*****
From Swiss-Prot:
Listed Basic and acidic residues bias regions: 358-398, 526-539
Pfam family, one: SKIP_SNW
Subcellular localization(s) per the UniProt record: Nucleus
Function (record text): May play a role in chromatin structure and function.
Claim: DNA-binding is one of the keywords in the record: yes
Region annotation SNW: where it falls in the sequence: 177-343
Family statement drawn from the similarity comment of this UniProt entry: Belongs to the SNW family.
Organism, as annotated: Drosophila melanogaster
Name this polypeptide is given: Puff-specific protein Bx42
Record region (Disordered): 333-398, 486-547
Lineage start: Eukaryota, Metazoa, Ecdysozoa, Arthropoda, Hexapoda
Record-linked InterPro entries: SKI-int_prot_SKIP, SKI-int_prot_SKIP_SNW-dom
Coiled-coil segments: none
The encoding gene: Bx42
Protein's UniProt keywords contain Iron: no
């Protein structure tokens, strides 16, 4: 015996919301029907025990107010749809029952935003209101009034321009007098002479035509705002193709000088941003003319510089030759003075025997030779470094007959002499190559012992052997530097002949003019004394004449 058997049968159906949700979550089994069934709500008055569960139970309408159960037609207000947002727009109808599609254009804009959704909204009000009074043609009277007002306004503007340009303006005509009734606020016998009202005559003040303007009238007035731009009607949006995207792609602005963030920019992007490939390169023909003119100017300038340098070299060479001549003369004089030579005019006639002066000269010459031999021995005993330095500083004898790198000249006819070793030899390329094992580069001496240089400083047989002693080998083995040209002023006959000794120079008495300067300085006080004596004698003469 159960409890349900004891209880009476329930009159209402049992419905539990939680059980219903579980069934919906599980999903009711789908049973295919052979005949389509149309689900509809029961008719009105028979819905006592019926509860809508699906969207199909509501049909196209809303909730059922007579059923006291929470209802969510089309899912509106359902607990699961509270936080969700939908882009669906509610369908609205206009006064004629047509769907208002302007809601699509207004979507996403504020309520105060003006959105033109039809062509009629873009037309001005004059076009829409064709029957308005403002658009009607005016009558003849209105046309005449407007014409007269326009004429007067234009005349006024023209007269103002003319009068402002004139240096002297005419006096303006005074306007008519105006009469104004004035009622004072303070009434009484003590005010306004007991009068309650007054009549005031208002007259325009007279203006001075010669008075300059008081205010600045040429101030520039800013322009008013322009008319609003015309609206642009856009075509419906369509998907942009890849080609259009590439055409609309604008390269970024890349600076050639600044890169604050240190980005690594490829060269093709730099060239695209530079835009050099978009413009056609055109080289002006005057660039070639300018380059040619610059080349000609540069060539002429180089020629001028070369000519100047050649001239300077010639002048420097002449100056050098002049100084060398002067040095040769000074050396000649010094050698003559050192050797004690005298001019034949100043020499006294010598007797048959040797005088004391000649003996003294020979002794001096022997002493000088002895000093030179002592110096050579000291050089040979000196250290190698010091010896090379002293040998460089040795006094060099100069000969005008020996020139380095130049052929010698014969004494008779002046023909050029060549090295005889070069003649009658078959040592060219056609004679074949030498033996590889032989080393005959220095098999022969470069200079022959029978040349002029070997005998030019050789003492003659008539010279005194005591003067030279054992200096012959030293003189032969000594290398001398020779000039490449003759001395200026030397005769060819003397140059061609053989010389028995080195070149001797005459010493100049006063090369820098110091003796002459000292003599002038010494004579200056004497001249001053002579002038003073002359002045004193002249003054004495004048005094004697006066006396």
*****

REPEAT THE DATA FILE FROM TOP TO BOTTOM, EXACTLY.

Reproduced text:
From Swiss-Prot:
Listed Basic and acidic residues bias regions: 358-398, 526-539
Pfam family, one: SKIP_SNW
Subcellular localization(s) per the UniProt record: Nucleus
Function (record text): May play a role in chromatin structure and function.
Claim: DNA-binding is one of the keywords in the record: yes
Region annotation SNW: where it falls in the sequence: 177-343
Family statement drawn from the similarity comment of this UniProt entry: Belongs to the SNW family.
Organism, as annotated: Drosophila melanogaster
Name this polypeptide is given: Puff-specific protein Bx42
Record region (Disordered): 333-398, 486-547
Lineage start: Eukaryota, Metazoa, Ecdysozoa, Arthropoda, Hexapoda
Record-linked InterPro entries: SKI-int_prot_SKIP, SKI-int_prot_SKIP_SNW-dom
Coiled-coil segments: none
The encoding gene: Bx42
Protein's UniProt keywords contain Iron: no
């Protein structure tokens, strides 16, 4: 015996919301029907025990107010749809029952935003209101009034321009007098002479035509705002193709000088941003003319510089030759003075025997030779470094007959002499190559012992052997530097002949003019004394004449 058997049968159906949700979550089994069934709500008055569960139970309408159960037609207000947002727009109808599609254009804009959704909204009000009074043609009277007002306004503007340009303006005509009734606020016998009202005559003040303007009238007035731009009607949006995207792609602005963030920019992007490939390169023909003119100017300038340098070299060479001549003369004089030579005019006639002066000269010459031999021995005993330095500083004898790198000249006819070793030899390329094992580069001496240089400083047989002693080998083995040209002023006959000794120079008495300067300085006080004596004698003469 159960409890349900004891209880009476329930009159209402049992419905539990939680059980219903579980069934919906599980999903009711789908049973295919052979005949389509149309689900509809029961008719009105028979819905006592019926509860809508699906969207199909509501049909196209809303909730059922007579059923006291929470209802969510089309899912509106359902607990699961509270936080969700939908882009669906509610369908609205206009006064004629047509769907208002302007809601699509207004979507996403504020309520105060003006959105033109039809062509009629873009037309001005004059076009829409064709029957308005403002658009009607005016009558003849209105046309005449407007014409007269326009004429007067234009005349006024023209007269103002003319009068402002004139240096002297005419006096303006005074306007008519105006009469104004004035009622004072303070009434009484003590005010306004007991009068309650007054009549005031208002007259325009007279203006001075010669008075300059008081205010600045040429101030520039800013322009008013322009008319609003015309609206642009856009075509419906369509998907942009890849080609259009590439055409609309604008390269970024890349600076050639600044890169604050240190980005690594490829060269093709730099060239695209530079835009050099978009413009056609055109080289002006005057660039070639300018380059040619610059080349000609540069060539002429180089020629001028070369000519100047050649001239300077010639002048420097002449100056050098002049100084060398002067040095040769000074050396000649010094050698003559050192050797004690005298001019034949100043020499006294010598007797048959040797005088004391000649003996003294020979002794001096022997002493000088002895000093030179002592110096050579000291050089040979000196250290190698010091010896090379002293040998460089040795006094060099100069000969005008020996020139380095130049052929010698014969004494008779002046023909050029060549090295005889070069003649009658078959040592060219056609004679074949030498033996590889032989080393005959220095098999022969470069200079022959029978040349002029070997005998030019050789003492003659008539010279005194005591003067030279054992200096012959030293003189032969000594290398001398020779000039490449003759001395200026030397005769060819003397140059061609053989010389028995080195070149001797005459010493100049006063090369820098110091003796002459000292003599002038010494004579200056004497001249001053002579002038003073002359002045004193002249003054004495004048005094004697006066006396």